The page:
• Well, since special characters are not allowed, the only choice for naming an article on a specific kanji on Wikipedia is a romanization of a reading. The only problem is that most kanji are not notable enough to be included in an encyclopedia. WhisperToMe 00:13, 18 May 2005 (UTC)
      • I think it's a far bigger problem that the vast majority of kanji have several different readings, and many readings (especially on-yomi) are shared between several kanji, making any title based on pronunciation inherently ambiguous. Take ku (kanji), which is about the kanji for "nine": it's also pronounced kyū (on-yomi) or kokono (kun-yomi); my kanji dictionary lists about 27 different kanji that can be pronounced ku, and it's just a learner's dictionary and not comprehensive. But the real issue is whether they belong on Wikipedia at all rather than Wiktionary. Gwalla | Talk 01:04, 18 May 2005 (UTC)
  • Wiktionary already has a bunch of kanji dictionary type articles (see for example Wiktionary:火) so it's definitely redundant. DopefishJustin (・∀・) 18:51, May 19, 2005 (UTC)

A few open questions:

  • What should we do with the existing kanji articles? List them for deletion?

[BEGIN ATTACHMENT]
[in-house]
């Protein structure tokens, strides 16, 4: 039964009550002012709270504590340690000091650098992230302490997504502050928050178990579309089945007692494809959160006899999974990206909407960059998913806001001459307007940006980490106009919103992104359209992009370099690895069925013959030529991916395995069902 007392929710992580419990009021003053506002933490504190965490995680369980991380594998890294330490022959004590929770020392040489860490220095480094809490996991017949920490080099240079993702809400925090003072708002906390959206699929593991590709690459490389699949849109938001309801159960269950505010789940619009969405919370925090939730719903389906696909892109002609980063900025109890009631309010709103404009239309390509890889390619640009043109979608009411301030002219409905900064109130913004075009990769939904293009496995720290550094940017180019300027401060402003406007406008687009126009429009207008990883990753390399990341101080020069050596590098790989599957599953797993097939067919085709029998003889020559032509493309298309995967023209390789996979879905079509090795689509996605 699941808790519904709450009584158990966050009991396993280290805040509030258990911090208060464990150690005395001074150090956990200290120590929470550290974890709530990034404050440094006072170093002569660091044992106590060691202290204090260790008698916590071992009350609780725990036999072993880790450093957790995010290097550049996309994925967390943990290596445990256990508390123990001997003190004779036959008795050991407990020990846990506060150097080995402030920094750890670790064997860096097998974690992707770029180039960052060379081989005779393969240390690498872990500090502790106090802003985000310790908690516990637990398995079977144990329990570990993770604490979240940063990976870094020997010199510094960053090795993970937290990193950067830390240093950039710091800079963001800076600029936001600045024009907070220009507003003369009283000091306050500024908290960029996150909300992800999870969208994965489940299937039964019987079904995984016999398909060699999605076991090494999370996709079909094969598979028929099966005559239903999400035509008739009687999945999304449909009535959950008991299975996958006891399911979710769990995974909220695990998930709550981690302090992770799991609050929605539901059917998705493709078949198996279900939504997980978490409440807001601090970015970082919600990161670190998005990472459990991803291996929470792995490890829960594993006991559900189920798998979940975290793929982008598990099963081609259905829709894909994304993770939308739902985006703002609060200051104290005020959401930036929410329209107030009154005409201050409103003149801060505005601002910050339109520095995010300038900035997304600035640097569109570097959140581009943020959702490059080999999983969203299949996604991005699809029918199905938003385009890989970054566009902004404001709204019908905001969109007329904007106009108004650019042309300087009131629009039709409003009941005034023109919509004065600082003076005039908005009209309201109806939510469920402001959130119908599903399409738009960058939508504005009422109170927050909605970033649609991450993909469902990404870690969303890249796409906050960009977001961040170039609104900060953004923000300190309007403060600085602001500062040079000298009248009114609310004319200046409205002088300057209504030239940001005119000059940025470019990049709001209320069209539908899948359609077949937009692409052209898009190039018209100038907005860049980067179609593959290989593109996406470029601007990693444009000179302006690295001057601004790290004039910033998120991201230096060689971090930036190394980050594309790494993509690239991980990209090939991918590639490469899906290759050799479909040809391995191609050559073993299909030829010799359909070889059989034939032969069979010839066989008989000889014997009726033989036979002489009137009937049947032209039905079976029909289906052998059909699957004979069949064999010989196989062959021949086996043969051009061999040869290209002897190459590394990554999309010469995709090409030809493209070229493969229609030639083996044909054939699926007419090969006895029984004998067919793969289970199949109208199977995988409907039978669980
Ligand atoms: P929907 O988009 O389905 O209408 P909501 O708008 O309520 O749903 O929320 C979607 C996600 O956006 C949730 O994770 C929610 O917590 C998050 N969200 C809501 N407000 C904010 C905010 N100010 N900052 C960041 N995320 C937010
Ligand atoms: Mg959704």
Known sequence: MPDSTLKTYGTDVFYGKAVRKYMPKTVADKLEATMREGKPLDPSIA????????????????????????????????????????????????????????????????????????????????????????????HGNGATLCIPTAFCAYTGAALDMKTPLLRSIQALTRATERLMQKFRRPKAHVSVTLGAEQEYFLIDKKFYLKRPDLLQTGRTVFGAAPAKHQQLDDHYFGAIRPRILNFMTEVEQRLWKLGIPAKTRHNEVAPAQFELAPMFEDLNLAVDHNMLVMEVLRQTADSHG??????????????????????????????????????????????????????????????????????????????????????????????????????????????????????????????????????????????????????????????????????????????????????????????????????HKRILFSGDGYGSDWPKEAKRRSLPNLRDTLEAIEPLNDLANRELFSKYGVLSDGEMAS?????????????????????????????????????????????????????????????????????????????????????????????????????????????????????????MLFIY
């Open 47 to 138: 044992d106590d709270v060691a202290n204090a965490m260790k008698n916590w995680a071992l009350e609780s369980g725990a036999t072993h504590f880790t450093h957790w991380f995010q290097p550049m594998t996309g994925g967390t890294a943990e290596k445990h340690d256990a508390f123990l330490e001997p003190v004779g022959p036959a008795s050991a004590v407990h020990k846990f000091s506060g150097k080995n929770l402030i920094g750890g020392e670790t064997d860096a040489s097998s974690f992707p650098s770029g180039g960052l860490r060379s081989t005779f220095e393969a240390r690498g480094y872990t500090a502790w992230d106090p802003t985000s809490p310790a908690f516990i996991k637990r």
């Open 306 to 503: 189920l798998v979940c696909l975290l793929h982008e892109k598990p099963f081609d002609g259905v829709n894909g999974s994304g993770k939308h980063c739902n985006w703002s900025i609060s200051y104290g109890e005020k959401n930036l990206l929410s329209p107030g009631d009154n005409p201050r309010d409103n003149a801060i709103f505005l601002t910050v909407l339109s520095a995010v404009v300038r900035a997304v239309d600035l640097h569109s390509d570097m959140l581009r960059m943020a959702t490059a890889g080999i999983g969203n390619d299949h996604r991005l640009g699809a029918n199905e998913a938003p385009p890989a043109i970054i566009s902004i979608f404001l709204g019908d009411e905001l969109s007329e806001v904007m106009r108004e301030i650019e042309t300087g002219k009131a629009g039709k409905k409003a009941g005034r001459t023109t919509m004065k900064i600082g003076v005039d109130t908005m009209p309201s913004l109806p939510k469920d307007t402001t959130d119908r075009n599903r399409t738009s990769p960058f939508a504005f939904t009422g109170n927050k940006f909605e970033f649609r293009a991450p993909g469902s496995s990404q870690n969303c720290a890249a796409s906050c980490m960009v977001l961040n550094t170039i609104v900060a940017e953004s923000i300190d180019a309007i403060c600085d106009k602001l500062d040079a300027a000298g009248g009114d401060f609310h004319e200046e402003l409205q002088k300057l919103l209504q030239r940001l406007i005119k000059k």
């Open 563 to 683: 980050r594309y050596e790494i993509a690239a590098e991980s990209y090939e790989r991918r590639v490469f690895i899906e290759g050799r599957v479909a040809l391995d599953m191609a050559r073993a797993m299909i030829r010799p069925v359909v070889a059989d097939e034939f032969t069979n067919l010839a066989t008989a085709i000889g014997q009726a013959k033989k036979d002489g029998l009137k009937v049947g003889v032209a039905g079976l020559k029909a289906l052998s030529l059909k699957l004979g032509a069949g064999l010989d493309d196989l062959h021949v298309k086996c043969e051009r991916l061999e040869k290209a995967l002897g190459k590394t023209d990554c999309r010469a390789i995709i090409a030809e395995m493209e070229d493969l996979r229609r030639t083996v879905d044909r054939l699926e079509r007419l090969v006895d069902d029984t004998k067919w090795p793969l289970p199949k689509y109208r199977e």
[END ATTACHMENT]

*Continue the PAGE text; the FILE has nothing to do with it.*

• What about linked kanji in articles? I assume we should relink them to the Wiktionary entries, but what about the ones that redirect to articles on the kanji's meaning (like 川, which links to island), or the counters that redirect to Japanese counter word? Should we go into the Wiktionary entries and make sure they link to the relevant Wikipedia articles?
  • What do we do with the redirects? List them on Redirects for Deletion? Make them into soft redirects? Gwalla | Talk 22:16, 23 May 2005 (UTC)

Okay, here's the plan. Existing kanji articles (like ichi (kanji)) will be listed on VfD. Mangled-encoding redirects (like ĸƒ) will be turned into soft redirects to Wiktionary, except for those that link to Japanese counter word. The lists of links in toyo kanji, joyo kanji, and kyoiku kanji will be relinked to Wiktionary kanji articles. List of kanji by group, List of kanji by stroke count, and List of kanji by concept will be transwiki'd. How does that sound? Gwalla | Talk 23:46, 25 May 2005 (UTC) Gwalla | Talk 23:46, 25 May 2005 (UTC)

Commons user M4RCO has put several diagrams on Commons illustrating the writing of kanji (stroke order). The article is Commons:Kanji Stroke Order. This information is not normally part of a dictionary, although it would certainly make a dictionary stronger. But I wonder if it brings us past the point of a dictionary and into an encyclopedia. Also, because kanji share a history with China, and have additional history in Japan (and other countries), they could benefit from narrative discussions of an encyclopedia rather than the terse entries that characterize most dictionaries (narrative discussions are also possible in Wiktionary, which like Wikipedia, "is not paper"). So the information could go on either wiki... but I lean toward having it on Wikipedia, with articles like "list of kanji by XXX" providing the way to access the information --- not many people will spontaneously type "Getsu (kanji)" into the search window. Fg2 01:15, May 26, 2005 (UTC) revised Fg2 01:44, May 26, 2005 (UTC)